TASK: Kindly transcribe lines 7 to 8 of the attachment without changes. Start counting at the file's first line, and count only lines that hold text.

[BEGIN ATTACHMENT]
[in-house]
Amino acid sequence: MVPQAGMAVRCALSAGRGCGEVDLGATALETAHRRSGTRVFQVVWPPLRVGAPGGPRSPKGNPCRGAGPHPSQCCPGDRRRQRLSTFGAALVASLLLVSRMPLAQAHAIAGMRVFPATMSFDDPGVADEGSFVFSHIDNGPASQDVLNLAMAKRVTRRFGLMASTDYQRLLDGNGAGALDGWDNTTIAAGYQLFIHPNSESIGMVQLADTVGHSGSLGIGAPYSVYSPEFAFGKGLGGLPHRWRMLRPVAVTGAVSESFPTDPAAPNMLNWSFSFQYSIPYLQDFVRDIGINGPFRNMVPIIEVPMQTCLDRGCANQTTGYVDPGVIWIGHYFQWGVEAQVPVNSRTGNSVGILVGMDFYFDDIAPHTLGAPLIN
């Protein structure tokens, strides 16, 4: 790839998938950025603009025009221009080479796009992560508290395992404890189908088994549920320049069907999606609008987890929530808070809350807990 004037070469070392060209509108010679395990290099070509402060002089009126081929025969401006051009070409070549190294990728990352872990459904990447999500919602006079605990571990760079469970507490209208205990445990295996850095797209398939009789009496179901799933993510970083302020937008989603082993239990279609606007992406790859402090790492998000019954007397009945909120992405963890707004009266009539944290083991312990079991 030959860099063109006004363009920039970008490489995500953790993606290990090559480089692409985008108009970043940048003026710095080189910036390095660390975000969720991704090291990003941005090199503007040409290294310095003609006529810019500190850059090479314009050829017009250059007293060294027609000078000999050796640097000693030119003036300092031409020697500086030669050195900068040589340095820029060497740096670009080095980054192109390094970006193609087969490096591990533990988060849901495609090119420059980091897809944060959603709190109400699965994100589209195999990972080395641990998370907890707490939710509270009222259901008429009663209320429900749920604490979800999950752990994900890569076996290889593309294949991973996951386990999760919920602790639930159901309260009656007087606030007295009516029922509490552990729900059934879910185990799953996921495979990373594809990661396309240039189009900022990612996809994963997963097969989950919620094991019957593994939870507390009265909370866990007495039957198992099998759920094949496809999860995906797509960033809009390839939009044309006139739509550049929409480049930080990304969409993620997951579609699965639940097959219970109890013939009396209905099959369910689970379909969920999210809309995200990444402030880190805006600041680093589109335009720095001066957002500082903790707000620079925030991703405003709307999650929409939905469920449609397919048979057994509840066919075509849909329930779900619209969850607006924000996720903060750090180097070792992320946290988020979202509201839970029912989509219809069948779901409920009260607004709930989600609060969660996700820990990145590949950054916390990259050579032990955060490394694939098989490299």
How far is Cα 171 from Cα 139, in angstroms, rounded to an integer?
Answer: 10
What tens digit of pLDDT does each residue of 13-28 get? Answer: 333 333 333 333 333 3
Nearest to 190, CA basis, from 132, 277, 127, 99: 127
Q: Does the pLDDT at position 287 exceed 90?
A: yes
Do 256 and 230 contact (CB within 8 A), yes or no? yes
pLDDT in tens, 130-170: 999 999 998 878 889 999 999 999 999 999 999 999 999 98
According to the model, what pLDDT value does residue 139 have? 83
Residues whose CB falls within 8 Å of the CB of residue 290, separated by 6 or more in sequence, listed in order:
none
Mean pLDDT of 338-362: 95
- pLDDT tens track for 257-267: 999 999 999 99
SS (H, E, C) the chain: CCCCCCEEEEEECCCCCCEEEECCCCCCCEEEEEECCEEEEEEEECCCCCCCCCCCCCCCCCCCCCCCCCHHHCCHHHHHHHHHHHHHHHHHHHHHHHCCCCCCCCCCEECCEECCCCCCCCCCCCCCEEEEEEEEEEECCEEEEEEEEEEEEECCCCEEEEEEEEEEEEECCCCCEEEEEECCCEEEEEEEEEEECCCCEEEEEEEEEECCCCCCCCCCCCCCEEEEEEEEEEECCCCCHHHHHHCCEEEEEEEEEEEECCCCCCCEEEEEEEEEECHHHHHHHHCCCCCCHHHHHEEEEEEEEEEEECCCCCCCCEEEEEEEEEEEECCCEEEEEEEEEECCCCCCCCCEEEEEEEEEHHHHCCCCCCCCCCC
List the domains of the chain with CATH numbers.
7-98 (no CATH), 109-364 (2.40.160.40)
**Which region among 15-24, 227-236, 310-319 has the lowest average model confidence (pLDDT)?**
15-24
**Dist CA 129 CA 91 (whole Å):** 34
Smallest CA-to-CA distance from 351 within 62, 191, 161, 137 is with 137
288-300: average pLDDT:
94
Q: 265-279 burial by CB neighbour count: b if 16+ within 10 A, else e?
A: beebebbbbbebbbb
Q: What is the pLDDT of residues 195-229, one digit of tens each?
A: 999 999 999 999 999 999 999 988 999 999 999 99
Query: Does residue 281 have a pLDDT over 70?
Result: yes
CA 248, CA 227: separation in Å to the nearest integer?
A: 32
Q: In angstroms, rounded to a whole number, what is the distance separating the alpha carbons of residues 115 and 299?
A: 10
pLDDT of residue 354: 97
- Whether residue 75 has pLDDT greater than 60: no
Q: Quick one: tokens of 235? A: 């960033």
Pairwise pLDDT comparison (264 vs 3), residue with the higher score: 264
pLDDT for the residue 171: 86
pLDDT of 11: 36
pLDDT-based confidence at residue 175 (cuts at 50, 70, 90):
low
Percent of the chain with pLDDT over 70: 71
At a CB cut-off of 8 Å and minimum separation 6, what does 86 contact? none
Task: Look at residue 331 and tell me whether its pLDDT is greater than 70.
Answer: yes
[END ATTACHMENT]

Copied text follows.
Nearest to 190, CA basis, from 132, 277, 127, 99: 127
Q: Does the pLDDT at position 287 exceed 90?